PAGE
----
values are like fingerprintsDear Clients, I’m just writing to let you know that I’m sending my sales team to learn the art of persuasion from The Wolf of Wall Street.

Say What?

Disgusted, angry, sad, upset and bewildered. These are just some of my reactions to having just watched the movie The Wolf of Wall Street.

Is Jordan Belfort now a reformed person?

That’s not for me to say. All I can say is watch that space – remember, People Will Get His Truth… over time, his intentions, promises, actions and results will either promote him or once again expose him. This is true for Belfort, as it’s true for me, and for all of us. People Get Your Truth!

I personally relate very strongly with the metaphor that our values are like our fingerprints. Everyone has them, but they’re all different… and we leave them over everything we touch. (I think it was Elvis who said something like that, but perhaps someone can let me know if that’s correct or not).

In the meanwhile, I can’t for the life of me understand why any responsible, ethical, business owner, general manager, or anyone for that matter, would think that the skills and philosophy of Jordan Belfort, the skills and philosophy he used in ways that resulted in his clients losing hundreds of millions of dollars, is something that they think either they, or their sales teams, ought to be learning.

Do you really think he will have anything else to teach you that you haven’t already learned about building intentional trust relationships?

Let’s play with this for a moment.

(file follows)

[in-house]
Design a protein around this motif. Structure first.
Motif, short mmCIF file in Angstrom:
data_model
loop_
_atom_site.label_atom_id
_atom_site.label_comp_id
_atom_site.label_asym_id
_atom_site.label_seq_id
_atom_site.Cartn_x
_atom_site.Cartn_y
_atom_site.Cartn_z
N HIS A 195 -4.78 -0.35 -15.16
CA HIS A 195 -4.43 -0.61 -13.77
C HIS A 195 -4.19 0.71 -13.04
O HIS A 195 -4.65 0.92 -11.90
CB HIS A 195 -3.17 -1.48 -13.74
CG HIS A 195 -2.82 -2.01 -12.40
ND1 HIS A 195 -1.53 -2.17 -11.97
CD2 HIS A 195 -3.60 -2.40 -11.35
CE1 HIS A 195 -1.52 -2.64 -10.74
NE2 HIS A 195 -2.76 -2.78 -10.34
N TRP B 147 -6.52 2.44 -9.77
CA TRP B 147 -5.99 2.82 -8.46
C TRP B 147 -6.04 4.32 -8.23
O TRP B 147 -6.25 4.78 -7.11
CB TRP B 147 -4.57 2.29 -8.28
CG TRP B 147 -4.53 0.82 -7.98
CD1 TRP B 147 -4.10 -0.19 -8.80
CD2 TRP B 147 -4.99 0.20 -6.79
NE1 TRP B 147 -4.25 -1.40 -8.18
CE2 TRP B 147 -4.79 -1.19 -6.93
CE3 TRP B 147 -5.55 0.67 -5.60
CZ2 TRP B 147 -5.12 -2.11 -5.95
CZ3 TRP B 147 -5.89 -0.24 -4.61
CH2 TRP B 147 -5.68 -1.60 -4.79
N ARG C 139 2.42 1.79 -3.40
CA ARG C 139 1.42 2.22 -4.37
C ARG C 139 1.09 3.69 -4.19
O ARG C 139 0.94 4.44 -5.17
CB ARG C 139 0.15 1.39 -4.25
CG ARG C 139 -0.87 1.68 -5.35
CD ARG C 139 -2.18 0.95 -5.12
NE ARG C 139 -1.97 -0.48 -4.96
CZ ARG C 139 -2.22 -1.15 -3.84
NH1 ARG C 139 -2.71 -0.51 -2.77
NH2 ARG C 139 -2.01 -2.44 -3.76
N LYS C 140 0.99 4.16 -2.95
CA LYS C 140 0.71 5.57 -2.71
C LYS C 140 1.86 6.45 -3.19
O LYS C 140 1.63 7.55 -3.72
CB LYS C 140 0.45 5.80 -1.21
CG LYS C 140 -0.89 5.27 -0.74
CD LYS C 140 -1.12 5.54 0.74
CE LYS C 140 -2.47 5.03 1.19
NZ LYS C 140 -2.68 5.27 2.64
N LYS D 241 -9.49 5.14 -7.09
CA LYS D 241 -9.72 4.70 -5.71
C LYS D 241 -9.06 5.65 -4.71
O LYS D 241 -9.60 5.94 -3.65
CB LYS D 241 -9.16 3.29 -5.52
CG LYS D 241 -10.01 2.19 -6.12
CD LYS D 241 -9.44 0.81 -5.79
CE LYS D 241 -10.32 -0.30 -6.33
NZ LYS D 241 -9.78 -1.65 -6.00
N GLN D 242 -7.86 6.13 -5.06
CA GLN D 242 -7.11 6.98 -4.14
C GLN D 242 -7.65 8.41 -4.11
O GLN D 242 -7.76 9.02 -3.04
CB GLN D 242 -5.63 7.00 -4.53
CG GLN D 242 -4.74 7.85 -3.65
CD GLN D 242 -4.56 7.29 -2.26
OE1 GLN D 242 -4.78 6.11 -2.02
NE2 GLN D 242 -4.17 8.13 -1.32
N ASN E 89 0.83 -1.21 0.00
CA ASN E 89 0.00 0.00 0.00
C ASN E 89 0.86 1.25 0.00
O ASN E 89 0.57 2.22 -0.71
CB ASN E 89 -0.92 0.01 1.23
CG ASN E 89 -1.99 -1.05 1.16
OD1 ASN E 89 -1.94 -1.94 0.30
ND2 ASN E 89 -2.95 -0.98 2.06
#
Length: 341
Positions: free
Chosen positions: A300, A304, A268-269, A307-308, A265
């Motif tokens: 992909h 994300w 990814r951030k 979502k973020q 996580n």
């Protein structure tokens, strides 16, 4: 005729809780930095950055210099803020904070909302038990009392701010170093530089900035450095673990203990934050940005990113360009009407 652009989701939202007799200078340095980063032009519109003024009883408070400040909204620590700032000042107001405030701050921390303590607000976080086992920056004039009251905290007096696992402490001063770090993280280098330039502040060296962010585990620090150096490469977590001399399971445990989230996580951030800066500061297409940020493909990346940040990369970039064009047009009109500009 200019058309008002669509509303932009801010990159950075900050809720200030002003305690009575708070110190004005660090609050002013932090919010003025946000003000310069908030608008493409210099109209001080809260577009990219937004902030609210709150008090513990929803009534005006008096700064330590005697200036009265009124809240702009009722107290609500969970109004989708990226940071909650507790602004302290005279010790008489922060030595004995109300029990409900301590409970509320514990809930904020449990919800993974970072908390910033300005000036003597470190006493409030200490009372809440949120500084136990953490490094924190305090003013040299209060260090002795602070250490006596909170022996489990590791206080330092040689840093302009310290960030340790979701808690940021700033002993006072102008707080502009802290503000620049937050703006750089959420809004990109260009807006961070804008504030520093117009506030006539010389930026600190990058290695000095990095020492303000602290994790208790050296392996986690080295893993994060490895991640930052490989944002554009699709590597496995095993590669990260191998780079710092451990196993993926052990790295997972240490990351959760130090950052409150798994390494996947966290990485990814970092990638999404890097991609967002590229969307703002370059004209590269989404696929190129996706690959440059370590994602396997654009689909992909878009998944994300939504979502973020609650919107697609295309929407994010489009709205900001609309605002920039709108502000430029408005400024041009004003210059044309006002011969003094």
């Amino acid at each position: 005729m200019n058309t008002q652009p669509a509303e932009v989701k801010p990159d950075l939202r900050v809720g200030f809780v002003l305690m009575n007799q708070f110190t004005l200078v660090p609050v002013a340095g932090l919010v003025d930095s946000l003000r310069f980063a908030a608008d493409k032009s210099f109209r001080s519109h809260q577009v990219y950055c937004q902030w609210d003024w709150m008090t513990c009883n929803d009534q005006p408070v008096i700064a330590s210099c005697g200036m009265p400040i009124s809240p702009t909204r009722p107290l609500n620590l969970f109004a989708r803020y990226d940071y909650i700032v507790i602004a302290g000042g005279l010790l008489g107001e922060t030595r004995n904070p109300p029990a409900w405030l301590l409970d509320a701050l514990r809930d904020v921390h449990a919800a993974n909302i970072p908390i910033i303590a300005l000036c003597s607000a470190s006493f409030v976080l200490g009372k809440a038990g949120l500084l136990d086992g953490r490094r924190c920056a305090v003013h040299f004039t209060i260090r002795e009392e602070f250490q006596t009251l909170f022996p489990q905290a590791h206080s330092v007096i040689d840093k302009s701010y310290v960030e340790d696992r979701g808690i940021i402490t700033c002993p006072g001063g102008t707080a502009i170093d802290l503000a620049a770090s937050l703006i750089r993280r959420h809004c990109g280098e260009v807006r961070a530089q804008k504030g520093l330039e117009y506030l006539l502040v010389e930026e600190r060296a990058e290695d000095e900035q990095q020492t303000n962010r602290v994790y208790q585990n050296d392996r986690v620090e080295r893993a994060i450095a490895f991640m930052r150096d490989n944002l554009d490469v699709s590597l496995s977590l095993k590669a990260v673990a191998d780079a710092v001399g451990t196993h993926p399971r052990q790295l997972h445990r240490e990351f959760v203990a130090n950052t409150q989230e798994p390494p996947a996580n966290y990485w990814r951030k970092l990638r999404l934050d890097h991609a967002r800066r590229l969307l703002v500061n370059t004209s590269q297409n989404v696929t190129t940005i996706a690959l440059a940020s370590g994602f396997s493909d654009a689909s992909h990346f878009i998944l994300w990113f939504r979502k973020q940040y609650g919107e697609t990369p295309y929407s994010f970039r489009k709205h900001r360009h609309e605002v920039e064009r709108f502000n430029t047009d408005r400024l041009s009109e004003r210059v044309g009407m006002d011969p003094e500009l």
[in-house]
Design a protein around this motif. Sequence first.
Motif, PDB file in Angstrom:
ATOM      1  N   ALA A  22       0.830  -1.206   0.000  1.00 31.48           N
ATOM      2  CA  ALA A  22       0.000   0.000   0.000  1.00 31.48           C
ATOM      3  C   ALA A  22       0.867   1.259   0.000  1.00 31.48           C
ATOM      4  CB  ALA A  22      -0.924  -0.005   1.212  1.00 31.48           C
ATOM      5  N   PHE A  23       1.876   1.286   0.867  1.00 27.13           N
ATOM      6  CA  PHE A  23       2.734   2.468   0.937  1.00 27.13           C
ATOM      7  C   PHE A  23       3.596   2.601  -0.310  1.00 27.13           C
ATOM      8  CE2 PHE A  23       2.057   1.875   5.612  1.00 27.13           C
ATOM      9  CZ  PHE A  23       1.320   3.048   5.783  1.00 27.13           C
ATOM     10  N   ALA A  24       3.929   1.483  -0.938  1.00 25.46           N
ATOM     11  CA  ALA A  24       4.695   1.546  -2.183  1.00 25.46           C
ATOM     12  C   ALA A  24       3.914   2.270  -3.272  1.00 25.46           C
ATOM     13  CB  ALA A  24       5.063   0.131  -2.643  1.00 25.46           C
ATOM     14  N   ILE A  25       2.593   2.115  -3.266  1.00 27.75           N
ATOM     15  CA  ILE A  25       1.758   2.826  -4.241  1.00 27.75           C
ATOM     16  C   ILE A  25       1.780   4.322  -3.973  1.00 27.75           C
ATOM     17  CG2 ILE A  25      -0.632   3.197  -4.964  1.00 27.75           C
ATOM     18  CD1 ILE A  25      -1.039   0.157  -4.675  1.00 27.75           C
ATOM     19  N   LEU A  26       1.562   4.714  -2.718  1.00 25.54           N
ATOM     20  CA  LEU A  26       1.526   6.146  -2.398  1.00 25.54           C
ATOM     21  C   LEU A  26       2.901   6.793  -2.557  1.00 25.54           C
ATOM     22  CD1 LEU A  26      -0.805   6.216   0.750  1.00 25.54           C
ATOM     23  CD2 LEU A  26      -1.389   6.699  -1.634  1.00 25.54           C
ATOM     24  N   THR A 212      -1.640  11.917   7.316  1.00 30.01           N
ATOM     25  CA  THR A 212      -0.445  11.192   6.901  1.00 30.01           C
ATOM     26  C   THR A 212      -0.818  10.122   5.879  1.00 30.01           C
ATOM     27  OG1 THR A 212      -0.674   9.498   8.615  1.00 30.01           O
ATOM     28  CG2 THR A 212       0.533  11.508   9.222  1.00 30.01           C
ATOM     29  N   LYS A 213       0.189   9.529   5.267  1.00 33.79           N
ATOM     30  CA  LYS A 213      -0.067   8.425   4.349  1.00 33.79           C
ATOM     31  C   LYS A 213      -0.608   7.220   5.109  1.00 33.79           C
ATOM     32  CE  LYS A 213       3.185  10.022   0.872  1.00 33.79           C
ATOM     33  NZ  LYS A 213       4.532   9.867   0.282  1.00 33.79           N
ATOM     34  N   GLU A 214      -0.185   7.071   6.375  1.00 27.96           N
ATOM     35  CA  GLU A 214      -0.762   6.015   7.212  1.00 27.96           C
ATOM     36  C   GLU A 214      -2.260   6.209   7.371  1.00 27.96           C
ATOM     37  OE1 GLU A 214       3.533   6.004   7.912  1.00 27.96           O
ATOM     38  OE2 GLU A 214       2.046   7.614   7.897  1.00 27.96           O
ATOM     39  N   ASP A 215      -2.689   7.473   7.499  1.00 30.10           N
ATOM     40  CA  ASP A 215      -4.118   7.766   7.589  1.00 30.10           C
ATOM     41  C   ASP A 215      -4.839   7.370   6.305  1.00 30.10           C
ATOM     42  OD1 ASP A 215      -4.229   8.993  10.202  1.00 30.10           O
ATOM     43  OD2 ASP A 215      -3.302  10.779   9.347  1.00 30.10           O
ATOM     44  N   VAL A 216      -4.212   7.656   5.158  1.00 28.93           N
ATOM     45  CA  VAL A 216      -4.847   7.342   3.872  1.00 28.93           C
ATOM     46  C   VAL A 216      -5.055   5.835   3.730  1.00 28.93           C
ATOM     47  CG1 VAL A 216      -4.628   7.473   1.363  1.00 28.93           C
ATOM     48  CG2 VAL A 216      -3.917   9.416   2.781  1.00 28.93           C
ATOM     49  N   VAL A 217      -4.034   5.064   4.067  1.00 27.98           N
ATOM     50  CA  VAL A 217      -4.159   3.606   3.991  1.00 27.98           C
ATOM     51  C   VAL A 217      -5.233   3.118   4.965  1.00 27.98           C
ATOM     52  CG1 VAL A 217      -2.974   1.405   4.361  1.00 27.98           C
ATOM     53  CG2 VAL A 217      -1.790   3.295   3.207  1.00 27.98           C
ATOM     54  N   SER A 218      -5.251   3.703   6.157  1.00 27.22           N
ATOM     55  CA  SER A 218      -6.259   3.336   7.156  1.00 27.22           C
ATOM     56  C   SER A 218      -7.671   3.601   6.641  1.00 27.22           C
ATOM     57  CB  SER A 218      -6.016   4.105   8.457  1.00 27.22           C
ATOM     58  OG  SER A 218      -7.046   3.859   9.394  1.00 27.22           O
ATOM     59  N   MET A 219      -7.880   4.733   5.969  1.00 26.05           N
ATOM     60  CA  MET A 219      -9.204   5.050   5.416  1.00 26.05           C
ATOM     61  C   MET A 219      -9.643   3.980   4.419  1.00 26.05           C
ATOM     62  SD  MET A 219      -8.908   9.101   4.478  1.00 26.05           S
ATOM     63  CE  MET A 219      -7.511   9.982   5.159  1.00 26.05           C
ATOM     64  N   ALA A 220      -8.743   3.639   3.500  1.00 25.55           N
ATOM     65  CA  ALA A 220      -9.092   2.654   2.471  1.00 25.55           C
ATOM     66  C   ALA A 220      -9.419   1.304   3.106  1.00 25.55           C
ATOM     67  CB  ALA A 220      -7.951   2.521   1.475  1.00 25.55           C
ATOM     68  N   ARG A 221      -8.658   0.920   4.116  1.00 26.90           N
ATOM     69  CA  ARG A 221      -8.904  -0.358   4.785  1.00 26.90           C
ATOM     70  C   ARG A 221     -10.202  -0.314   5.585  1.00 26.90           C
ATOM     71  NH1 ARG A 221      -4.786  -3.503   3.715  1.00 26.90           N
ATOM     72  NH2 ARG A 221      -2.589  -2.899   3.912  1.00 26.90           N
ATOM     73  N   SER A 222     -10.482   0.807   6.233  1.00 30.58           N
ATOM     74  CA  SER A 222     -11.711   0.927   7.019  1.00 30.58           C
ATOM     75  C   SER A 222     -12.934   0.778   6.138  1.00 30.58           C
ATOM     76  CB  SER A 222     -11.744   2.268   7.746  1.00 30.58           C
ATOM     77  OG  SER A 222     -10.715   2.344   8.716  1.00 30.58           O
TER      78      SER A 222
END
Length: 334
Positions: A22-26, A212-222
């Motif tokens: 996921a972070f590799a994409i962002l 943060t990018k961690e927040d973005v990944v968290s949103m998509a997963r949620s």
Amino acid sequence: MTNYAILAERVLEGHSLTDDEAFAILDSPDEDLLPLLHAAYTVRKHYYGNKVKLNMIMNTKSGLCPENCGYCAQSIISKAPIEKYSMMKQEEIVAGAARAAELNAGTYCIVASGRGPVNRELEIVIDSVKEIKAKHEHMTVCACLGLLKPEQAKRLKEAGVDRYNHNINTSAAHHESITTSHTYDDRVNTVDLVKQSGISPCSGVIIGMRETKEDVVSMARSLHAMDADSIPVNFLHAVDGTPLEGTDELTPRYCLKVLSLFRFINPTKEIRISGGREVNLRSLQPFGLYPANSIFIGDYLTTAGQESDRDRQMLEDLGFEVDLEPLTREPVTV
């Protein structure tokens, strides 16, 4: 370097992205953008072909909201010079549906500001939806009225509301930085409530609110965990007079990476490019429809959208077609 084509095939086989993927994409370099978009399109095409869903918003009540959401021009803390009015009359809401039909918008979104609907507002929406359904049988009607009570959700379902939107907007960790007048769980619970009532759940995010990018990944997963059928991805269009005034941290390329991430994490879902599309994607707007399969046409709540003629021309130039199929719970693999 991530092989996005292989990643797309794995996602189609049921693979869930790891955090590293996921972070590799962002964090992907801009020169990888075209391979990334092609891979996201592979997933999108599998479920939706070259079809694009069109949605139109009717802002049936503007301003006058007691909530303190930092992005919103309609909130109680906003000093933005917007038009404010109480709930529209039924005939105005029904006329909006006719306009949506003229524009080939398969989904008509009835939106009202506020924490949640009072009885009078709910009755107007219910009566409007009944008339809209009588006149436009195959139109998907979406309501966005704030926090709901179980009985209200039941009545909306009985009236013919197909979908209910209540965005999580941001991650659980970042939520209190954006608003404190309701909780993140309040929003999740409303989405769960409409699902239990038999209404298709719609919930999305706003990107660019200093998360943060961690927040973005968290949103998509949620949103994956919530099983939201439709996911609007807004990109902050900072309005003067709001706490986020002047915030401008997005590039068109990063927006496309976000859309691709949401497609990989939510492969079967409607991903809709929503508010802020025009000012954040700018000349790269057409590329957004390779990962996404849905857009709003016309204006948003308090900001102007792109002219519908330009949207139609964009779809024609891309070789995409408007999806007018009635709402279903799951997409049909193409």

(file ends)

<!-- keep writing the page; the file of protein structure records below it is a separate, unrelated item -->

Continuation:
Imagine I’m the head of sales for a major real estate, financial advice, pharmaceutical, insurance, or whatever firm. I call up all my sales managers and tell them “Hey, you know that guy who ripped off thousands of people in the United States to the tune of hundreds of thousands of dollars, he’s out here in Australia and I’m going to send you and your salespeople along to see him at a conference to learn just how he did it, so you can learn those skills to use on our clients.”

Do you get how dumb that sounds?

Sure, you can bring on the defensive arguments of what about giving a guy a second chance, and surely those skills can be used for good and not evil, and we all make mistakes, and everyone knows the stock market is risky, and well… quite frankly, I just don’t care.

I just don’t get it.

Let’s try it from this angle and use the light of day test.

To every company executive who is about to send their sales managers and sales teams to learn from the Wolf Of Wall Street… please write a letter or email… or even better, write an open letter and place it in one of the major newspapers, and tell all of your existing and potential customers that you’re about to send all of your sales and customer service people to learn from the Wolf of Wall Street.

Let’s see how many would be prepared to do that.